ASYCUDA Improves Operations at Customs

Photo: Yhomo Hutchinson Chief Information Officer at Jamaica Customs Agency (JCA), André Williams (left), checks the server that runs the Automated System for Customs Data (ASYCUDA), along with Acting Operations Manager, Owen Gayle.

Story Highlights

  • Chief Information Officer at the Jamaica Customs Agency (JCA), André Williams, says implementation of the Automated System for Customs Data (ASYCUDA) has significantly improved the effectiveness and efficiency of operations at the entity.
  • The ASYCUDA, which is a web-based system designed to transform the agency to a paperless operation through the use of electronic documents, was introduced a few years ago through a US$4-million loan from the Inter-American Development Bank (IDB).
  • ASYCUDA was designed by the United Nations Conference on Trade and Development (UNCTAD), aimed at assisting with Customs reform. The primary purpose of ASYCUDA is to help countries facilitate trade by strengthening the capacity of Customs administrations to carry out their operations more effectively.

Chief Information Officer at the Jamaica Customs Agency (JCA), André Williams, says implementation of the Automated System for Customs Data (ASYCUDA) has significantly improved the effectiveness and efficiency of operations at the entity.

The ASYCUDA, which is a web-based system designed to transform the agency to a paperless operation through the use of electronic documents, was introduced a few years ago through a US$4-million loan from the Inter-American Development Bank (IDB).

Notwithstanding the hiccups to the system recently, the ASYCUDA reform has resulted in a 50 per cent decrease in processing time and a minimum of 50 per cent reduction in documentation costs related to the importing and exporting of goods.

The new automated system is in keeping with the Government’s strategy to improve trade facilitation and service delivery in customs administration and will see customs declarations, shipping manifests, as well as accounting procedures and transit and suspense procedures all being conducted electronically.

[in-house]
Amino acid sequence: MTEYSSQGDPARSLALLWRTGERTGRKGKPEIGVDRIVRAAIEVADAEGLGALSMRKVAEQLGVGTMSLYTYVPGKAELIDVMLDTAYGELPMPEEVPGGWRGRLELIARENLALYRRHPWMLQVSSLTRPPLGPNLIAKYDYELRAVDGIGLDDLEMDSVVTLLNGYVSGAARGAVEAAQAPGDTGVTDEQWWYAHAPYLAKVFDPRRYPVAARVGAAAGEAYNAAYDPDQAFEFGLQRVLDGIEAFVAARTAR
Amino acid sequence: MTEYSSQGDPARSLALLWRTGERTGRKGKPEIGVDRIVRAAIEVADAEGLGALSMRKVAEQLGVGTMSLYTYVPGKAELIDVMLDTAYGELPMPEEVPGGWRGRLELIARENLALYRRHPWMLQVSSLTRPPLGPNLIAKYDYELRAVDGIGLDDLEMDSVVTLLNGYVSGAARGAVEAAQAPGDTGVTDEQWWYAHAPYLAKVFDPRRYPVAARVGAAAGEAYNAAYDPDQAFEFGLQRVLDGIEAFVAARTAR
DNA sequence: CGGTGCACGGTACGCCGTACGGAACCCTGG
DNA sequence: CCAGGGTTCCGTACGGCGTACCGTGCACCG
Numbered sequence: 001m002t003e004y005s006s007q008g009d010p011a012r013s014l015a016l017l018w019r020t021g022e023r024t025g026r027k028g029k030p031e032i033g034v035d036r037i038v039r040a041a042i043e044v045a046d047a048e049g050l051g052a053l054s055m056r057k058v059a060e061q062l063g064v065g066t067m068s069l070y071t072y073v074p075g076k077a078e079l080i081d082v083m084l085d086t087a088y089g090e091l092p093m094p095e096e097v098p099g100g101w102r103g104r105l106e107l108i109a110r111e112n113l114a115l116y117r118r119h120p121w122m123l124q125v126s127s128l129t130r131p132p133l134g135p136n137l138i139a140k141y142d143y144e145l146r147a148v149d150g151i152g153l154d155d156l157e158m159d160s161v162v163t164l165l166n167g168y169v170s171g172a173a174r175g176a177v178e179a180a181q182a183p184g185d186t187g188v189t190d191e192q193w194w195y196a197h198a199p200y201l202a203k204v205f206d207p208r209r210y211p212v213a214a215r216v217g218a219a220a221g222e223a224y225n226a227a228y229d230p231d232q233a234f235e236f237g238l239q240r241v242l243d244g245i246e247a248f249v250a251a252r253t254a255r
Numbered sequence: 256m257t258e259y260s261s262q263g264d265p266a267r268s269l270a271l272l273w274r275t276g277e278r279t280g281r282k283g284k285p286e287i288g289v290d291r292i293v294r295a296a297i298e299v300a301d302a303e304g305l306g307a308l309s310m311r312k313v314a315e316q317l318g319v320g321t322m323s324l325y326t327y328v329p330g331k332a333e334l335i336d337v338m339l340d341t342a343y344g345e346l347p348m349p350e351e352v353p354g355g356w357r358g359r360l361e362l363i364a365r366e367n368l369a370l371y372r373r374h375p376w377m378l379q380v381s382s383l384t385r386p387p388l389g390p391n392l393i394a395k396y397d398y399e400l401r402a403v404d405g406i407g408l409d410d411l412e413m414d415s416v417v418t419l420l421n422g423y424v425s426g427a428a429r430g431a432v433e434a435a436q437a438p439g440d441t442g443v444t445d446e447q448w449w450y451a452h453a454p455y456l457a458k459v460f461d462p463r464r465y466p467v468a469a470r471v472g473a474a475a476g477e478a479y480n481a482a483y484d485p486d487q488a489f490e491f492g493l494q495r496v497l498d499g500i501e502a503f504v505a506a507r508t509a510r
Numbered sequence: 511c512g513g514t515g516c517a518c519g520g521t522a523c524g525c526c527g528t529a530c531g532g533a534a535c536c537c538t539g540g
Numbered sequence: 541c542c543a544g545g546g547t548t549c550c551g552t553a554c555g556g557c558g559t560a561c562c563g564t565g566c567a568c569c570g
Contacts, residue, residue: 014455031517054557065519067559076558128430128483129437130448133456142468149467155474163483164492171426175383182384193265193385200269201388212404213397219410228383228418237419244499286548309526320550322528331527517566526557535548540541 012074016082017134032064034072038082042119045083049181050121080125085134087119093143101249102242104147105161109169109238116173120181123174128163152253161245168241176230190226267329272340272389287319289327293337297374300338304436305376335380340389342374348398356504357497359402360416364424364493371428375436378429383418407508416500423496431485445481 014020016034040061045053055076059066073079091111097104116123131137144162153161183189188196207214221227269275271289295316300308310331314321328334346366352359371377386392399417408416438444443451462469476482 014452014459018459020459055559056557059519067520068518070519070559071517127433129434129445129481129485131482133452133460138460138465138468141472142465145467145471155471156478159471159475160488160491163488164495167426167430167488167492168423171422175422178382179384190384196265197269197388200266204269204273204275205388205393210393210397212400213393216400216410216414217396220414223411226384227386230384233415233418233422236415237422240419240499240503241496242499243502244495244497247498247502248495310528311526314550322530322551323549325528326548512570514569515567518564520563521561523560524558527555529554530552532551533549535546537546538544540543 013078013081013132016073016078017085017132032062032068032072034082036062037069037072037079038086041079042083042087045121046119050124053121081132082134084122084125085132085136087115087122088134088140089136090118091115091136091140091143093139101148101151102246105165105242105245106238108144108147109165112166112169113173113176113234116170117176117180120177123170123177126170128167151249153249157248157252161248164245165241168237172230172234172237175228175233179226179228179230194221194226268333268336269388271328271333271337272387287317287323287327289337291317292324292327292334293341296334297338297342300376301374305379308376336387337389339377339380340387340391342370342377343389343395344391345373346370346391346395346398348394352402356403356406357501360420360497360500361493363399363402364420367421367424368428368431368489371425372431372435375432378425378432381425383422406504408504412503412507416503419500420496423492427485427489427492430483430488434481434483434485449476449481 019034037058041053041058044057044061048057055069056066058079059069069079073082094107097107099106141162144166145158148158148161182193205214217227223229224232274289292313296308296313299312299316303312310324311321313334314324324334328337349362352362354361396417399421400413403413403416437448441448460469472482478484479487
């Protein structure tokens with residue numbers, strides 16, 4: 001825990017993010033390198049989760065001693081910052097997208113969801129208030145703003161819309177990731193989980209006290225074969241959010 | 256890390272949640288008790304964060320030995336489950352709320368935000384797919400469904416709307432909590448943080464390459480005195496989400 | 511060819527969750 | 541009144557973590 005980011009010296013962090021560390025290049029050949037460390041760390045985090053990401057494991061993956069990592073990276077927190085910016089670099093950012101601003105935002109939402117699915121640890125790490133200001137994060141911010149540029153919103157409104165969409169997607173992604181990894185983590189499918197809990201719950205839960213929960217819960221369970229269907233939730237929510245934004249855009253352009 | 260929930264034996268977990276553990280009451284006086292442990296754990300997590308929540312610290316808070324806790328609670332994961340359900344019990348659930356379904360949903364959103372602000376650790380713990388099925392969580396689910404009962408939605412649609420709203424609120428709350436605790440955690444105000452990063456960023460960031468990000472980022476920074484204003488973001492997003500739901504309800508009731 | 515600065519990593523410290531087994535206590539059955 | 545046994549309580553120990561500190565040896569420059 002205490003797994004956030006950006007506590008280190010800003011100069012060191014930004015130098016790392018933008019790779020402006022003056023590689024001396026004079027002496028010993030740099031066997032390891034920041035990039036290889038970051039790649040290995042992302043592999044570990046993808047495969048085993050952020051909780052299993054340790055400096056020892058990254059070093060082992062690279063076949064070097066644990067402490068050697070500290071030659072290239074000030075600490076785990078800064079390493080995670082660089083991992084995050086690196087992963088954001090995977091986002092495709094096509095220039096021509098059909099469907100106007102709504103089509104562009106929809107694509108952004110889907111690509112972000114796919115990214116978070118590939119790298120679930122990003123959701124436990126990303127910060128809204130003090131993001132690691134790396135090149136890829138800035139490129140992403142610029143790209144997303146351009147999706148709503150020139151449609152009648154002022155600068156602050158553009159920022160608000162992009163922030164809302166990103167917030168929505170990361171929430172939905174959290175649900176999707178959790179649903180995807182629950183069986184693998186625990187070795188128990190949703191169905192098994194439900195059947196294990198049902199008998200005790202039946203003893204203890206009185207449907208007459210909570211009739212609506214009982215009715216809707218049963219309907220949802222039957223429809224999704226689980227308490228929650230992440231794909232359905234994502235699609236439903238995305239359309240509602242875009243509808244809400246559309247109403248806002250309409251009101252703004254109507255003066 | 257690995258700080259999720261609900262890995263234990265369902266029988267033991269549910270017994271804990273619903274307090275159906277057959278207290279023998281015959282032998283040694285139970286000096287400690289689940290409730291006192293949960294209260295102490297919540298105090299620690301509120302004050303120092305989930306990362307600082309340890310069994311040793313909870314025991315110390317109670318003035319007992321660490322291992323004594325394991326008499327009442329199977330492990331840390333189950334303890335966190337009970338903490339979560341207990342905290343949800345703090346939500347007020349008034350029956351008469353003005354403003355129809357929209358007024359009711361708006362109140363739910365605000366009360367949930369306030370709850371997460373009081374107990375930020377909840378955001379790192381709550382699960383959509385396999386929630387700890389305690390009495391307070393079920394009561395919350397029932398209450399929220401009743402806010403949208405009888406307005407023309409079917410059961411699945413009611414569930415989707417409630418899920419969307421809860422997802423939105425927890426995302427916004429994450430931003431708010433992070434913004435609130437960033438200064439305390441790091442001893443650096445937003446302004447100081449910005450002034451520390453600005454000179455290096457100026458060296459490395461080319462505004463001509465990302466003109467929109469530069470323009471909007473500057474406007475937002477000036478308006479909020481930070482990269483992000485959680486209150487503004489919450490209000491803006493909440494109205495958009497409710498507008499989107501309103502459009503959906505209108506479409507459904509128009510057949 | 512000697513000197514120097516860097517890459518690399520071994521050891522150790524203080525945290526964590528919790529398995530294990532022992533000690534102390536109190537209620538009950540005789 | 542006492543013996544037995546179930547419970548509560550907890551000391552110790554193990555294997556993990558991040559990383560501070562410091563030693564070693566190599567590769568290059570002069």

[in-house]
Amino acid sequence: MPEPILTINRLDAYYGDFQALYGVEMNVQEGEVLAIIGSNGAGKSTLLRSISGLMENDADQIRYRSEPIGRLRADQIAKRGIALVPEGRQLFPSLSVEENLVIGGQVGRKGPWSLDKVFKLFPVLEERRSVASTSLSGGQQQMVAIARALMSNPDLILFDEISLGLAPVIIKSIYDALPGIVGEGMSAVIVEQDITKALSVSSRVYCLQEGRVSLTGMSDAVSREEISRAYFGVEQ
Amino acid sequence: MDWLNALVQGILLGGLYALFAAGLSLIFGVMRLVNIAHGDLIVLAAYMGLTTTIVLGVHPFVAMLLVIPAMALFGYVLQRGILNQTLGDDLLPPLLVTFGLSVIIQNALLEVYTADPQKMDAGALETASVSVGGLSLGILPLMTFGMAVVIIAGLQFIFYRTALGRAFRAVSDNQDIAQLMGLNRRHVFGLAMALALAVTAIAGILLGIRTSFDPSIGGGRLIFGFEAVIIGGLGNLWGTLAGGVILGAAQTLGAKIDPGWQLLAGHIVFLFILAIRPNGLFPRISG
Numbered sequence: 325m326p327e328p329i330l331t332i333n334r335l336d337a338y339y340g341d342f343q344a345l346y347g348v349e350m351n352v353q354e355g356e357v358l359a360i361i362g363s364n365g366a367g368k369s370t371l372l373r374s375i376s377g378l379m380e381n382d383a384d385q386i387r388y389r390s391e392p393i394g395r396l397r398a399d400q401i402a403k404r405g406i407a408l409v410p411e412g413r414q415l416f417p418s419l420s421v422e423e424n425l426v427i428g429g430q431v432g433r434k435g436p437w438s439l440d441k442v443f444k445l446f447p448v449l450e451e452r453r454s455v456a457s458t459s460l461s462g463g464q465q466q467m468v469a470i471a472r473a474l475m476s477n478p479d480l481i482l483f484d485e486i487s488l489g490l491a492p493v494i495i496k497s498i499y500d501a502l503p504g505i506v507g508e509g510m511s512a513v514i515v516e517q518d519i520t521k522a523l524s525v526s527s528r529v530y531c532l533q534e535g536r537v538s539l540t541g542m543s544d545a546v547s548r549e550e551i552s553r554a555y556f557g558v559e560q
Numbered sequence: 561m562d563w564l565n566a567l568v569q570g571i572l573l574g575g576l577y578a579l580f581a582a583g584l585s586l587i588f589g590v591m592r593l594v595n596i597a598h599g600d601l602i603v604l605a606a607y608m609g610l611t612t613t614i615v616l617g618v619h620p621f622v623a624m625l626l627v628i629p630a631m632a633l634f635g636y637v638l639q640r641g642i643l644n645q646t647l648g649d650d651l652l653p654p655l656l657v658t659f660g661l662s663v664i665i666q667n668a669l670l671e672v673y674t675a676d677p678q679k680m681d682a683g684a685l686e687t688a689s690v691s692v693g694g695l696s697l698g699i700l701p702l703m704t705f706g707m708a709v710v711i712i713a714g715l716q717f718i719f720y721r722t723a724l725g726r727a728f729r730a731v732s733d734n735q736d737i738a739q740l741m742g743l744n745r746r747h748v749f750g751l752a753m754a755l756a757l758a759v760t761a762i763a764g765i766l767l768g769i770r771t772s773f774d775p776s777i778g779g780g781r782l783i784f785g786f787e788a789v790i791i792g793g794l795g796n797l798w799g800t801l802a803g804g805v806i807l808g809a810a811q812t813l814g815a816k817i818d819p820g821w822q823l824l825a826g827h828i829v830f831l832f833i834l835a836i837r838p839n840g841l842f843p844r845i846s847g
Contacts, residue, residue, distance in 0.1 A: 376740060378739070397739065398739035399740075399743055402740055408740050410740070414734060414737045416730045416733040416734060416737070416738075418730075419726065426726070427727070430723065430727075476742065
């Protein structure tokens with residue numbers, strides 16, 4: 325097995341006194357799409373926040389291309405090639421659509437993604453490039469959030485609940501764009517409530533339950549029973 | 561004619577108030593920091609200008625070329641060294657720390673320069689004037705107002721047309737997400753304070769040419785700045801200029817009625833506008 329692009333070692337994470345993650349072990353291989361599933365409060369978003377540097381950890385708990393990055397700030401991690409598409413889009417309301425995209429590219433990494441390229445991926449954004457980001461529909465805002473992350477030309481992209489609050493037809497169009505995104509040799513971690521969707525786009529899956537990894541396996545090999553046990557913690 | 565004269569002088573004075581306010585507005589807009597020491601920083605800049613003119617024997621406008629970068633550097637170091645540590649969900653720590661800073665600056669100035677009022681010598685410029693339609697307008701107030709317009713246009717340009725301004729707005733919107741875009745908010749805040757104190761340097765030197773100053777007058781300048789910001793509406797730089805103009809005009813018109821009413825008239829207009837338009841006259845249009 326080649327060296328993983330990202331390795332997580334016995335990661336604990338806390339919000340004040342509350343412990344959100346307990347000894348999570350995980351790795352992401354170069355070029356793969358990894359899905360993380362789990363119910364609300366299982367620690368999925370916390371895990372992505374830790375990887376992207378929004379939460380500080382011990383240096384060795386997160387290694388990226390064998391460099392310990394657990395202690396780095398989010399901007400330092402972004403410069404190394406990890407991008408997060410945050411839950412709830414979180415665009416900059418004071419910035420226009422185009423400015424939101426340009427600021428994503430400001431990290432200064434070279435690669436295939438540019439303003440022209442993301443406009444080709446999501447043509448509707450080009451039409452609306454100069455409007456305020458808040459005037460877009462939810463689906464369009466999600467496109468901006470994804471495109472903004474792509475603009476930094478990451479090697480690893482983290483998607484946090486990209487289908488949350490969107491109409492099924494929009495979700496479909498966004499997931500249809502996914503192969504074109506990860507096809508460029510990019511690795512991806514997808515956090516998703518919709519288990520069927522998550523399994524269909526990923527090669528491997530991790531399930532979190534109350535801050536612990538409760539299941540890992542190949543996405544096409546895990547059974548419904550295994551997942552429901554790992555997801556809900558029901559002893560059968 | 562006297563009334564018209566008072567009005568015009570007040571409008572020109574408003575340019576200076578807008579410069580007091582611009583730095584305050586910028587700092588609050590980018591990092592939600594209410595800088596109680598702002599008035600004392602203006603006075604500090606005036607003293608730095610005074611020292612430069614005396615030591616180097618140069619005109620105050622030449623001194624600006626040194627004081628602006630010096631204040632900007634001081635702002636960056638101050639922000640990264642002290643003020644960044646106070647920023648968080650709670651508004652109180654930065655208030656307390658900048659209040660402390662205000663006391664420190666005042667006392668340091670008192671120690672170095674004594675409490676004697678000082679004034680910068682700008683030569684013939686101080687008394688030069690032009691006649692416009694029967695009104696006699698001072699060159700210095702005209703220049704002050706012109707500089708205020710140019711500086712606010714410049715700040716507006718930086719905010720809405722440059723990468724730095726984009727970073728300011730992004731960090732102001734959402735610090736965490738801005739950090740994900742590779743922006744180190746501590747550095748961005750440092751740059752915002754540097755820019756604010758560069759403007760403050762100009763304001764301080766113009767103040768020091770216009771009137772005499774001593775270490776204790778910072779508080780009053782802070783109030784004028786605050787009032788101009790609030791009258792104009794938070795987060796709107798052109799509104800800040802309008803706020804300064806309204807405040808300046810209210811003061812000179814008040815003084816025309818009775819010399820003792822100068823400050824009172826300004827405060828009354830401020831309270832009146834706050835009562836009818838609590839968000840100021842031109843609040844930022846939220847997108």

“There is greater efficiency, transparency and accountability on the part of our business partners, as well as the JCA, [because] there is an immediate electronic submission of the declaration and supporting documents,” Mr. Williams told JIS News in an interview.

He noted that the online portal is used by customs officers, stakeholders and clients, including exporters, who are key players within the supply chain, in terms of trade and exports.

“They (exporters) are now privy to having a username and a password for the system, which allows them to log on from wherever to prepare the export declaration to Customs,” he explained.

Mr. Williams added that with the previous formalities, the exporters would have had to visit the agency with a printout or a handwritten document, but with the new system, persons are able to access and complete the necessary paperwork online and are also able to scan and upload supporting documents, such as invoices and permit licences.

Mr. Williams pointed out that the information is routed electronically to Customs and gives persons the option of paying online or utilising an advance deposit account.

“The export fee for Customs is static at $3,005.00… so the exporters are able to make use of an advance deposit account, which allows them to bypass the cashiering procedure. So, once they submit the declaration, it moves directly in a paid status and is routed electronically to the examining officer, expediting the process significantly,” the Chief Information Officer highlighted.

He added that ASYCUDA also removes boundary gaps, as documents can be presented from anywhere – Kingston or Montego Bay – by the exporter or broker, as the system does not restrict submission.

“On the import side, the system allows for greater visibility and transparency, as we are now allowing the free movement of cargo that is not of interest to Customs or the regulators, while narrowing the scope on items that are deemed as high risk without delaying the overall process,” Mr. Williams pointed out.

He said that the system encourages trade, as persons are having a much easier process in terms of doing business through the agency, resulting in a simpler, more transparent and efficient process for compliant traders.

To further boost efficiency and increase benefits to customers, plans are in high gear for the implementation of an online exporter registration system.

“This will be one of the new models that we are introducing for the ASYCUDA, in partnership with Jamaica Promotions Corporation (JAMPRO), and we are now finalising the features and functionalities, which will also include online payment and paperless submission to JAMPRO, which will review and approve the exporters’ application,” Mr. Williams noted.

ASYCUDA was designed by the United Nations Conference on Trade and Development (UNCTAD), aimed at assisting with Customs reform. The primary purpose of ASYCUDA is to help countries facilitate trade by strengthening the capacity of Customs administrations to carry out their operations more effectively.

It is being implemented in more than 90 countries throughout the world and within CARICOM, with Jamaica now one of those that have implemented the system and are making full use of it for customs formalities.

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